Regardless of the reason (and so often there is none), miscarrying is among the most difficult situations a couple may have to deal with. Also known as spontaneous abortions, the great majority of miscarriages occur in the first trimester, and while healthcare provider have identified certain behaviors and environments that increase a woman’s likelihood of miscarrying, they are often totally random, with no obvious cause.
What is a miscarriage?
A miscarriage is the unplanned loss of a pregnancy in the first 20 weeks – after 20 weeks it is known as stillbirth. However, most miscarriages occur during the first trimester before week 12. Healthcare providers estimate that up to 20% of known pregnancies end in miscarriage, and a far higher number of all pregnancies (unnoticed by mom, usually miscarried before missed period).
What causes a miscarriage?
Unfortunately, miscarrying is one of those things that is nearly impossible to prevent, even if you do everything right. We often hear that smoking or alcohol or not eating enough of nutrient X causes miscarriages, and though some of this is true, women should understand that most miscarriages are not caused by any bad habits or lifestyles at all – simply bad luck. Here are some common causes of miscarriage:
- Chromosomal abnormalities: Most miscarriages are the result of chromosomal disorders like aneuploidy, in which the fetus has an abnormal number of chromosomes, and accordingly does not develop properly. Many chromosomal disorders like Trisomies 13 and 18 (three copies of chromosomes 13 or 18, rather than two) make it very difficult to complete the pregnancy, and babies afflicted by these will generally not survive.
- Infections: Infections like sexually transmitted diseases can often lead to miscarriage if left untreated in a pregnant women. These infections can inflame uterine tissues that make it incredibly difficult for baby to develop.
- Immune disorders: It is now believed that many cases of seemingly unexplained miscarriage may result from a woman’s immune system identifying baby as a foreign threat. These cases are hard to identify, but may eventually prove massively common.
- Uterine septum: Also known as an abnormal uterus, this condition can make it very difficult for baby to get the sustenance he or she needs, and develop properly.
- Lifestyle: Lifestyle factors like smoking and using drugs are proven to greatly increase a woman’s chances of miscarrying. Women who are pregnant or trying should avoid using these substances at all costs.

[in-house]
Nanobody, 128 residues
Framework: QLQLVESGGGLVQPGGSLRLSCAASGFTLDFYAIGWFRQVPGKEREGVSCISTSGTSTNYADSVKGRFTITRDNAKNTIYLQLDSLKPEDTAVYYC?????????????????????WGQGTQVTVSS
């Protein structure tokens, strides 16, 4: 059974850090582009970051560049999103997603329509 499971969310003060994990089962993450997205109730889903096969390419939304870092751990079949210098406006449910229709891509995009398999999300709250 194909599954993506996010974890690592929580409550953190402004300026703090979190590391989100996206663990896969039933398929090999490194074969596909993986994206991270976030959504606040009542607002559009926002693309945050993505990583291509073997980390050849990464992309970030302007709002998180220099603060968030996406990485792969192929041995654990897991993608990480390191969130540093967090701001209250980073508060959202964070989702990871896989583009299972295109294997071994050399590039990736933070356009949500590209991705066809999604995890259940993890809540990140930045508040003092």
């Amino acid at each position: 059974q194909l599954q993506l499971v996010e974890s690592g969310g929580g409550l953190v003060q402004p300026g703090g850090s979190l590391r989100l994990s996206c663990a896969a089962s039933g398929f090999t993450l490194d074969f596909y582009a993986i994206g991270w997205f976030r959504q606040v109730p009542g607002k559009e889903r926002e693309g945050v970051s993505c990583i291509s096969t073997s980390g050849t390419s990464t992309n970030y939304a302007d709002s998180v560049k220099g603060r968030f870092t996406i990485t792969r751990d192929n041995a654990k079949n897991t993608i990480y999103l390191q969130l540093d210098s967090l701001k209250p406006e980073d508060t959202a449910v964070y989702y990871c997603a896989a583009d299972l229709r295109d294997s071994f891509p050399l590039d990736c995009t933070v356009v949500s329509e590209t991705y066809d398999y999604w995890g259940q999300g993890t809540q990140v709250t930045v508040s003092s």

What are some risk factors for miscarriage?
Although miscarriage is possible for all women, certain groups are more likely than others to experience one.
- Mothers over 35: Women over 35 are more likely to experience a miscarriage, likely due to the increased likelihood of having a fetus with a chromosomal abnormality.
- Previous miscarriage: Although it is quite rare to miscarry multiple times, particularly consecutively, women with a previous miscarriage may be at an elevated risk of experiencing another.
- Underlying medical conditions: Women with existing medical conditions like diabetes, thyroid problems, or PCOS are more likely to miscarry during the first trimester.
- Obesity: Women who seriously struggle with their weight have a higher incidence of miscarriage.
Regrettably, there is no “miscarriage vaccination” or magic pill that pregnant moms-to-be can take to make sure that they do not miscarry – not even the healthiest woman can guarantee it. However, staying active and abstaining from harmful behaviors like smoking can definitely help increase the likelihood of a happy and healthy pregnancy.
Coping with miscarriage
To be frank, there is no easy way to deal with miscarriage. Even though the fetus is just a few weeks into gestation, it can be an incredibly trying time for a couple. There are lots of local support groups as well as online communities available to women who experience pregnancy loss that can be very helpful in the recovery process.
The most important thing to remember about miscarriage is that except in very, very rare cases, you should be able to conceive again, and bring a healthy baby to term. It’s just a matter of time.
- Sir John Dewhurst. Dewhurst’s Textbook of Obstetrics and Gynaecology. 8th ed. Keith Edmonds. John Wiley and Sons Ltd, 2012. Print.
- Beth L. Pineles, Edward Park, Jonathan M. Samet. “Systematic Review and Meta-Analysis of Miscarriage and Maternal Exposure to Tobacco Smoke During Pregnancy.” American Journal of Epidemiology. Volume 179, Issue 7. Pp. 807-823. Web. 12/6/2013.
- Arck, P. C.; Rucke, M.; Rose, M.; Szekeres-Bartho, J.; Douglas, A. J.; Pritsch, M.; Blois, S.; Pincus, M. K.; Barenstrauch, N.; Dudenhausen, J. W.; Nakamura, K.; Sheps, S.; Klapp, B. F. “Early risk factors for miscarriage: a prospective cohort study in pregnant women.” Reproductive BioMedicine Online. Vol. 17, No. 1, 07.2008, p. 101-113. Web. 2008.
- Elise de La Rochebrochard and Patrick Thonneau. “Paternal age and maternal age are risk factors for miscarriage; results of a multicentre European study.” Human Reproduction. 17 (6): 1649-1656. Web. 1/1/2002.
- Mayo Clinic Staff. “Micarriage.” Mayo Clinic. Mayo Clinic, 7/9/2013. Web.
- “STDs & Pregnancy – CDC Fact Sheet.” CDC.gov. Centers for Disease Control and Prevention, 7/10/2013. Web.